Menstrual Hygiene Day: End your shame on Periods

Every year, the global community marks May 28 as Menstrual Hygiene Day. The day brings together policymakers, civil society organisations, individuals, professionals, advocacy groups and others to raise awareness and share experience and knowledge about menstrual hygiene.

This year the theme fro Menstrual Hygiene day is ‘Education about Menstruation Changes Everything.’

Menstruation is a natural cycle and a normal part of a woman’s life. But this natural and normal cycle is often misunderstood many societies around the world. As a result, many menstruating women are mistreated under various pretexts. Religion, culture, traditions and customs are used as excuses to continue the ill-treatment of menstruating women.

There’s still a huge deal of shame around periods, despite the fact that they’re entirely natural and have been happening to people since the dawn of humanity.

In the Western world, this tends to boil down to incorrect period-based beliefs, like periods attract sharks, and periods are ‘gross’ or ‘dirty’.

In many religion mensuration is considered ungodly, they are prohibited from entering the kitchen and worship room, and forbidden from touching certain items. Also in certain places, menstruating women are not even allowed to stay inside their homes; they are banished to menstrual huts.

In India, 50% of girls have no knowledge at all of the menstruation before they hit puberty, meaning that many are terrified when their periods arrive.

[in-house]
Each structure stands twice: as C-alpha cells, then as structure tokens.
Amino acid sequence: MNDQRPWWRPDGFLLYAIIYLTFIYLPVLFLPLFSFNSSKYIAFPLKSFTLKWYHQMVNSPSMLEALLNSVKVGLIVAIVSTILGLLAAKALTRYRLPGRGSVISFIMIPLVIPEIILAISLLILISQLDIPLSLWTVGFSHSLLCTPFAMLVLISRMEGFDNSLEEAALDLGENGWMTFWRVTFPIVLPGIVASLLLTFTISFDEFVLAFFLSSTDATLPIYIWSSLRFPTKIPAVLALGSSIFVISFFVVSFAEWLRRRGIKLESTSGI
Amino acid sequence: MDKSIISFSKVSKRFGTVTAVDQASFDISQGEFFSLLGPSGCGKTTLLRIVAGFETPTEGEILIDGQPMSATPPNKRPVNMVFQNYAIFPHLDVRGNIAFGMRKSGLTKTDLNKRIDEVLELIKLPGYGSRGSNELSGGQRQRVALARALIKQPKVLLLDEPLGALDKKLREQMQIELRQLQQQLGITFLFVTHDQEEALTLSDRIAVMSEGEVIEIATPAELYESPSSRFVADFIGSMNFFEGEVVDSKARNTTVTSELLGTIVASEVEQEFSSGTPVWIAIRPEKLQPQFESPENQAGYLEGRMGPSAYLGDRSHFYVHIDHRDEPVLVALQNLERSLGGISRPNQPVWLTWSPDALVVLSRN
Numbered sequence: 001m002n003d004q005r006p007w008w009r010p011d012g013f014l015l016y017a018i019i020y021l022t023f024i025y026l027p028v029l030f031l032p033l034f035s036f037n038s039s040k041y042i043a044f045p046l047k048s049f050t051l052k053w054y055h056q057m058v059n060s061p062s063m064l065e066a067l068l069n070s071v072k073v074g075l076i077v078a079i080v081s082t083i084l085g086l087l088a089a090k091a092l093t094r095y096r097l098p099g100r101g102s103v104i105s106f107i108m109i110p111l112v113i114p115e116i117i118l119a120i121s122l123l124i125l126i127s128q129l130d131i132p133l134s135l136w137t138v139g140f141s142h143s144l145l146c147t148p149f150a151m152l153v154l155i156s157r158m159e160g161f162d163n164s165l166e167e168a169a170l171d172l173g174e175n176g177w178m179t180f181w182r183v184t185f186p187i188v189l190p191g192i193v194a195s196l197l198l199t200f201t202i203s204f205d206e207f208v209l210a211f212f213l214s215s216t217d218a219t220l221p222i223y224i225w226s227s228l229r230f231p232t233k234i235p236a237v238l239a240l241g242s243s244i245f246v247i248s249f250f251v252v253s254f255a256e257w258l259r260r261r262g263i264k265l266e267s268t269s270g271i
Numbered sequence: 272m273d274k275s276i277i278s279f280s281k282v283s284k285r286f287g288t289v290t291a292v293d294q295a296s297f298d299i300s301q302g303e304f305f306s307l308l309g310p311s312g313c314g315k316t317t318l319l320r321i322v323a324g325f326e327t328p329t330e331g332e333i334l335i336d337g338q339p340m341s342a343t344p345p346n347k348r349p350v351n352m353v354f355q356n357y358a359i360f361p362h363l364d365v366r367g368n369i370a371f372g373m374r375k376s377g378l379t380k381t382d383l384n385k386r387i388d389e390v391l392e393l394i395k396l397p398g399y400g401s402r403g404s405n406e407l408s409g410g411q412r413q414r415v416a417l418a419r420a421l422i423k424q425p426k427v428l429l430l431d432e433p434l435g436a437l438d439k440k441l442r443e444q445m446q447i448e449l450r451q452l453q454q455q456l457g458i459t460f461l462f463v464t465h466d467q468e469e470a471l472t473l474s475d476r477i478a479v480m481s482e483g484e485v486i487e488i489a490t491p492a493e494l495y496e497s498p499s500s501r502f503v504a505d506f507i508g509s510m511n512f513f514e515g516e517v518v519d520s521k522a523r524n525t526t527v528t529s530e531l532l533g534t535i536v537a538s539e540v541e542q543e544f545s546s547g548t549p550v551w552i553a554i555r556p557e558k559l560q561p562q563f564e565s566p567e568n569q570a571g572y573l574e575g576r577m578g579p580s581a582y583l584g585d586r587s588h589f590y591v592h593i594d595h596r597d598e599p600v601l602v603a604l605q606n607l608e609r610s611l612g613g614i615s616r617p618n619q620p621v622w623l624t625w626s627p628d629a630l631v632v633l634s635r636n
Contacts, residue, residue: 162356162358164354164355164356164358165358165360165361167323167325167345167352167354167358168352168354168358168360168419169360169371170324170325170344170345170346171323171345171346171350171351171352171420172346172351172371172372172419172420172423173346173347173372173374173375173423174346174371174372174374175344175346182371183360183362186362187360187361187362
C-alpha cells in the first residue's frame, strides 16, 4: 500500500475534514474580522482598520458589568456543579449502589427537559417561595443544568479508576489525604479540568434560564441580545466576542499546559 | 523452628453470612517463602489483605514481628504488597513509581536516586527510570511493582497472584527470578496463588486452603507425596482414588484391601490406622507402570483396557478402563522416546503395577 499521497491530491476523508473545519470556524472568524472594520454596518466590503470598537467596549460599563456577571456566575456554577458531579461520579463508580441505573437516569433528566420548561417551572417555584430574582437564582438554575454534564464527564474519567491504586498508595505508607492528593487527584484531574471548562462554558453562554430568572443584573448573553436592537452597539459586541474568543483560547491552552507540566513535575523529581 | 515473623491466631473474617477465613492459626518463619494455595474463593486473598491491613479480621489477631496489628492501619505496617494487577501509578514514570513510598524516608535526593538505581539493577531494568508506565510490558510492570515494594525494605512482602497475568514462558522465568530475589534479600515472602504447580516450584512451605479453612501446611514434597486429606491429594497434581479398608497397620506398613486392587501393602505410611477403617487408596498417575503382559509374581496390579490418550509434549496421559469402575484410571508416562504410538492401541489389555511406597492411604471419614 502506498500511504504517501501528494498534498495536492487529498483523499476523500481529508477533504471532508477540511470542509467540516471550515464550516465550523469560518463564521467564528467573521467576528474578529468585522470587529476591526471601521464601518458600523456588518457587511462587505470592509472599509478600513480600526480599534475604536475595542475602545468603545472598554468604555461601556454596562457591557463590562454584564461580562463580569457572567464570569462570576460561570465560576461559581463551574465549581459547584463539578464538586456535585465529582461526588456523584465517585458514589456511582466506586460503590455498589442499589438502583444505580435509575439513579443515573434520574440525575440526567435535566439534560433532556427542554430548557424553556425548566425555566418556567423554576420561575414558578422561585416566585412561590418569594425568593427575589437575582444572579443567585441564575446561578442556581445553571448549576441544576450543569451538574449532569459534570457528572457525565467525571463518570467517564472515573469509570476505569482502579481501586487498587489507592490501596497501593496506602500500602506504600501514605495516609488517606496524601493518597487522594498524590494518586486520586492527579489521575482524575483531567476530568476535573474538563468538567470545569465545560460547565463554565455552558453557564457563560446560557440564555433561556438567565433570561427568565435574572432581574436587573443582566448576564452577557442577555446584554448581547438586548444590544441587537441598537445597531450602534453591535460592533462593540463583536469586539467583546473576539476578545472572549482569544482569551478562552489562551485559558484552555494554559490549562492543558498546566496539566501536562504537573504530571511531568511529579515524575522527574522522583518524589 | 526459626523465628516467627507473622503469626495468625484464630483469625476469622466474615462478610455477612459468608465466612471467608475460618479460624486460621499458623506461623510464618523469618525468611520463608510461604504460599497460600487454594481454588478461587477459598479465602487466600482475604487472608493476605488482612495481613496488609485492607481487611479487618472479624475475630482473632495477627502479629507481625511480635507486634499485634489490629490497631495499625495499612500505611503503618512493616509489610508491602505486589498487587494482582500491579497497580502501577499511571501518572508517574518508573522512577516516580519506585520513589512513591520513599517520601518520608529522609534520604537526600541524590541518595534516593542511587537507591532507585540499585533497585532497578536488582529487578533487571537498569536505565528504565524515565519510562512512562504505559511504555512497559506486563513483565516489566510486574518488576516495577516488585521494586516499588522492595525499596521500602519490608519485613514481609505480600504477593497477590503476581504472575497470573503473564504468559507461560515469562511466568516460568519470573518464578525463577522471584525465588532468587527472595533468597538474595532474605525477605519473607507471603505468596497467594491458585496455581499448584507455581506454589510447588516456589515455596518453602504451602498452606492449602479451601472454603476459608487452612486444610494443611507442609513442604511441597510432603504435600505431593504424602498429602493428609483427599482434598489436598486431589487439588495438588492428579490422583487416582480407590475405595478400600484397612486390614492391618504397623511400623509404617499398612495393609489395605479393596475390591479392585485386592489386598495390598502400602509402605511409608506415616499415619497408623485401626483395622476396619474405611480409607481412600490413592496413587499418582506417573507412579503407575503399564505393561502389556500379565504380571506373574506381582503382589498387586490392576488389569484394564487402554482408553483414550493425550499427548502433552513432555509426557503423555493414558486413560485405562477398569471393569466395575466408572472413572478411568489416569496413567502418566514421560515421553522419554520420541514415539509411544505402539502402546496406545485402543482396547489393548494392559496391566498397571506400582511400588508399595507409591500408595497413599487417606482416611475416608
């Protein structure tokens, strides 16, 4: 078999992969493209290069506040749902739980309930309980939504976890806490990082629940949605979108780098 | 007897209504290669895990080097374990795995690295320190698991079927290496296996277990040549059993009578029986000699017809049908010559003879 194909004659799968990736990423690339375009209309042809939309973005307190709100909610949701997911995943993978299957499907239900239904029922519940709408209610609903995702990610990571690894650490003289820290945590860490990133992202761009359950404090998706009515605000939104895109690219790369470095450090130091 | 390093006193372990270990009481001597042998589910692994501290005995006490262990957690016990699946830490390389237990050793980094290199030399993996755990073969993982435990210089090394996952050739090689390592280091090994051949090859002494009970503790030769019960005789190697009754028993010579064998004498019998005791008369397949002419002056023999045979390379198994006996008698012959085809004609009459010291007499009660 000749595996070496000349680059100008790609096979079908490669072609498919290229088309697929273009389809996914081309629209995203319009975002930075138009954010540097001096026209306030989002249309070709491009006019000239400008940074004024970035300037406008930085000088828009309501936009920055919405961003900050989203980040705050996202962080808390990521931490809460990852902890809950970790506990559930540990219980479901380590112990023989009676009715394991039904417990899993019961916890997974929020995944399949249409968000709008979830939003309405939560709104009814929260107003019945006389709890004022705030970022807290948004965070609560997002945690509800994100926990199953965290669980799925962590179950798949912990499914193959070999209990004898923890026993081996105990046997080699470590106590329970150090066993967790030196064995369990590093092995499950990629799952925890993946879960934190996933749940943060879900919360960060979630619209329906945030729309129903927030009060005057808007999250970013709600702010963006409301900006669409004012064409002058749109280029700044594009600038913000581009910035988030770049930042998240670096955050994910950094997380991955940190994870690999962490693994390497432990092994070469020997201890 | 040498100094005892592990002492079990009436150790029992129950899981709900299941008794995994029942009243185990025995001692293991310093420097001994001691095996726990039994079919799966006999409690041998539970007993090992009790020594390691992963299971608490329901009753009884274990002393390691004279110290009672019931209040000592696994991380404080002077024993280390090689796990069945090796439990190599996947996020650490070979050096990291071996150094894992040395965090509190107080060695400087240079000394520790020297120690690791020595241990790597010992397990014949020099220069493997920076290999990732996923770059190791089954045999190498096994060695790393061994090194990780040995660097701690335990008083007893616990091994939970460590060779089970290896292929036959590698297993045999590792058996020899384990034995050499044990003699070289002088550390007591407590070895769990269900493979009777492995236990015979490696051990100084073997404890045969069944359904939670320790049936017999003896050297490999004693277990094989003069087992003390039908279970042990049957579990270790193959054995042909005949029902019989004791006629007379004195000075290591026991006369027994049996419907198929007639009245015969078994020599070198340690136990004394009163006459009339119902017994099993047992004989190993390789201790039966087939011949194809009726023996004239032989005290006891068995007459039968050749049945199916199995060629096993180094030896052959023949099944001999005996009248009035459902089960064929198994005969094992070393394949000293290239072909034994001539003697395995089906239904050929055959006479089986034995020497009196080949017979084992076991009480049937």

In Ethiopia, two out of three girls do not receive any education that mentions periods.

The issue of periods and the impact they have on girls’ health and education has been neglected in many poorer countries. Research has found girls often aren’t given enough information about puberty: a study by menstrual health charity Femme International found that 75% of girls in Nairobi’s Mathare Valley slum had no idea what their period was before it arrived. Once girls do start menstruating, many have no access to reliable sanitary products.

Researchers in rural Kenya found that girls rely mostly on old rags, and in some cases, cotton wool, grass, socks, plastic and paper. In India, only 12% of women and girls use sanitary products. Many girls go to school dreading their period will stain their clothes, or those other students will smell an odour. In sub-Saharan Africa, one in 10 girls miss school during their period, according to a Unesco report.

And all around the world, girls are skipping school and dropping out of education entirely because of their periods, either because they have no clue how to deal with them, they believe there’s something wrong with them, or they can’t afford sanitary products.

Interestingly, the reason that May 28th was chosen is that May is the 5th month of the year – most women average to having their period for 5 days, and their cycle tends to be at 28 days. So in a way, 28th of May is especially symbolic!

This day ensures that awareness is increased regarding the access to menstrual hygiene that women have across the world. It is a basic human right that women worldwide are given the right materials to collect blood during this time, and that this material is able to be changed in total privacy.

The organisers behind this day also assert that correct washing facilities are given to women at this time and that young woman have given the correct educational materials regarding the changes which will occur in their bodies.

Menstruation is a biological fact, and this day aims to ensure that any kind of stigma suffered regarding it is stopped – and girls are taught that this is natural and nothing to be ashamed about.


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